Will said: “There were a lot of challenges. For the first edition maps, cartographers would use the same symbol in subtly different ways to denote subtly different things, making the job of recognition that little bit harder. For example, a particular symbol would denote a free-standing tree, whereas the same symbol in a group indicated a wooded region.” 


And the problems didn’t end there. Different tree species might be denoted by different symbols, which, again, could be used in slightly different ways to denote orchards. Not to mention the fact that some of the maps were drawn by hand, and some were extremely faded.

“They’d use these little ink stamps to denote trees,” said Will. “But there's a huge variability in how much ink there’d be on the stamp, and they weren’t always consistent in their use of the symbols.”

But after two years of work, Will has completed a recognition system with the potential to save thousands of hours’ work. 

“To count all of those trees would have been an almost insurmountable task,” says Will. “Someone would have needed to go over each map centimetre by centimetre, you could never hope to do national-scale mapping like that.”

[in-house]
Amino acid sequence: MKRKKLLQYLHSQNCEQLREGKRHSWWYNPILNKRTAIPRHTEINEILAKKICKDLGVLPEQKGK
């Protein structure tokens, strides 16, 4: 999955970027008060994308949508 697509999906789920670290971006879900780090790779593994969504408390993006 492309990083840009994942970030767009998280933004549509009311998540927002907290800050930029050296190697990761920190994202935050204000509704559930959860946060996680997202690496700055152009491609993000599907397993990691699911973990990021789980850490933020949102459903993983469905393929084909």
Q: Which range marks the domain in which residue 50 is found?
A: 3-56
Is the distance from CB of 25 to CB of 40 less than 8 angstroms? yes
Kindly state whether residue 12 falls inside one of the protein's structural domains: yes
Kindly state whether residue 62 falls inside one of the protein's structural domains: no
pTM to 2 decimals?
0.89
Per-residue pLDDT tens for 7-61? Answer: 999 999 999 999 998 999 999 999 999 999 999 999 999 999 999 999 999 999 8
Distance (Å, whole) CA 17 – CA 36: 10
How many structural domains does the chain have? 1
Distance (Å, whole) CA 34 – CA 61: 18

The project will continue until 2025 and Will is now involved with integrating the new data into other parts of the project.

He said: “This project focused on York, Milton Keynes and Cardiff and we’re processing that data now, so we’re just considering how this data will integrate with other aspects of the project. We’re also applying for more funding because we’d like to do this on a national scale, and we’ve been contacted by people who can see other uses for it.”

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To count all of those trees would have been an almost insurmountable task, someone would have needed to go over each map centimetre by centimetre. You could never hope to do national-scale mapping like that.

Professor Will Smith,
Group Lead, Vision, Graphics and Learning Research Group.
Featured researcher

William Smith

Group Lead, Vision, Graphics and Learning Research Group.

Professor Smith’s research interests span vision, graphics and machine learning. Specifically, physics-based and 3D computer vision, shape and appearance modelling and the application of statistics and machine learning to these areas.